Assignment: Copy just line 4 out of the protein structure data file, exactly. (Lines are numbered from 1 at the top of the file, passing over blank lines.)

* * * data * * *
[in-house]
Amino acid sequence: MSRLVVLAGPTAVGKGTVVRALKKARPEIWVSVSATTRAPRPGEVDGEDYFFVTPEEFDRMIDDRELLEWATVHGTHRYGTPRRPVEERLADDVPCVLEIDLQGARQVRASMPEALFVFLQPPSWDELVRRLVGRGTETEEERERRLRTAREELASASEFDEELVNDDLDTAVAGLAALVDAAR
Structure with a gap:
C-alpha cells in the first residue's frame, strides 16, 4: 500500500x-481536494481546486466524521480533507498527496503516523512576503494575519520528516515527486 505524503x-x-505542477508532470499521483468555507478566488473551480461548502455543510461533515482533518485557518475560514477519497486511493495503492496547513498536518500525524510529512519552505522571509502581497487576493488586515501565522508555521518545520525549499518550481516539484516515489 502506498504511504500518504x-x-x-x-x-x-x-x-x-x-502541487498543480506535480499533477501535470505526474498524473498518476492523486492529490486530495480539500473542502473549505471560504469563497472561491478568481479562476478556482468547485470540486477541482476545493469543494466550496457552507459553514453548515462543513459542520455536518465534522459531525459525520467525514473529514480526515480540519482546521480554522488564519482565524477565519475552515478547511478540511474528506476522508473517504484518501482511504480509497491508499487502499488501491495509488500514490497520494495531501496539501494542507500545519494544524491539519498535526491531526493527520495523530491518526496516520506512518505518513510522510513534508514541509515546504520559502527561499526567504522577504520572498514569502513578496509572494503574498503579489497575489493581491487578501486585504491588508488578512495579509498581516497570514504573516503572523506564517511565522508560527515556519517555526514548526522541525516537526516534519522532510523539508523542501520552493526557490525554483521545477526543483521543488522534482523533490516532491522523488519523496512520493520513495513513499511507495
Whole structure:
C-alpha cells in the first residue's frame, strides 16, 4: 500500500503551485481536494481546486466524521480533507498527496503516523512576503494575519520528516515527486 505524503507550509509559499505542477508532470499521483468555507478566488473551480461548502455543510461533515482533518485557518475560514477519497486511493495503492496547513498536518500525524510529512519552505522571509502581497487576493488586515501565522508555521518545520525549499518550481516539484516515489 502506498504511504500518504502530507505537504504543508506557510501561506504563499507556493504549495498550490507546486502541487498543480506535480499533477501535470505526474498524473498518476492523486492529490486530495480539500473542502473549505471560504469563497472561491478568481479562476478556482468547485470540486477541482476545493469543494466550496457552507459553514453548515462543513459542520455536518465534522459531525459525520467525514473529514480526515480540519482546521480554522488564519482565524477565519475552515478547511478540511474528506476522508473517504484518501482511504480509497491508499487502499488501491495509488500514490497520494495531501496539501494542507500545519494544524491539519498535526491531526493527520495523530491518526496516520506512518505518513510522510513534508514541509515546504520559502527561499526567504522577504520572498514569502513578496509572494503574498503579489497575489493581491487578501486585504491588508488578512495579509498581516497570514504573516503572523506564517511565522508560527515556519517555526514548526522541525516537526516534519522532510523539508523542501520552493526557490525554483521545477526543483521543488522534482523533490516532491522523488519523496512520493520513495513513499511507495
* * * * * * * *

C-alpha cells in the first residue's frame, strides 16, 4: 500500500x-481536494481546486466524521480533507498527496503516523512576503494575519520528516515527486 505524503x-x-505542477508532470499521483468555507478566488473551480461548502455543510461533515482533518485557518475560514477519497486511493495503492496547513498536518500525524510529512519552505522571509502581497487576493488586515501565522508555521518545520525549499518550481516539484516515489 502506498504511504500518504x-x-x-x-x-x-x-x-x-x-502541487498543480506535480499533477501535470505526474498524473498518476492523486492529490486530495480539500473542502473549505471560504469563497472561491478568481479562476478556482468547485470540486477541482476545493469543494466550496457552507459553514453548515462543513459542520455536518465534522459531525459525520467525514473529514480526515480540519482546521480554522488564519482565524477565519475552515478547511478540511474528506476522508473517504484518501482511504480509497491508499487502499488501491495509488500514490497520494495531501496539501494542507500545519494544524491539519498535526491531526493527520495523530491518526496516520506512518505518513510522510513534508514541509515546504520559502527561499526567504522577504520572498514569502513578496509572494503574498503579489497575489493581491487578501486585504491588508488578512495579509498581516497570514504573516503572523506564517511565522508560527515556519517555526514548526522541525516537526516534519522532510523539508523542501520552493526557490525554483521545477526543483521543488522534482523533490516532491522523488519523496512520493520513495513513499511507495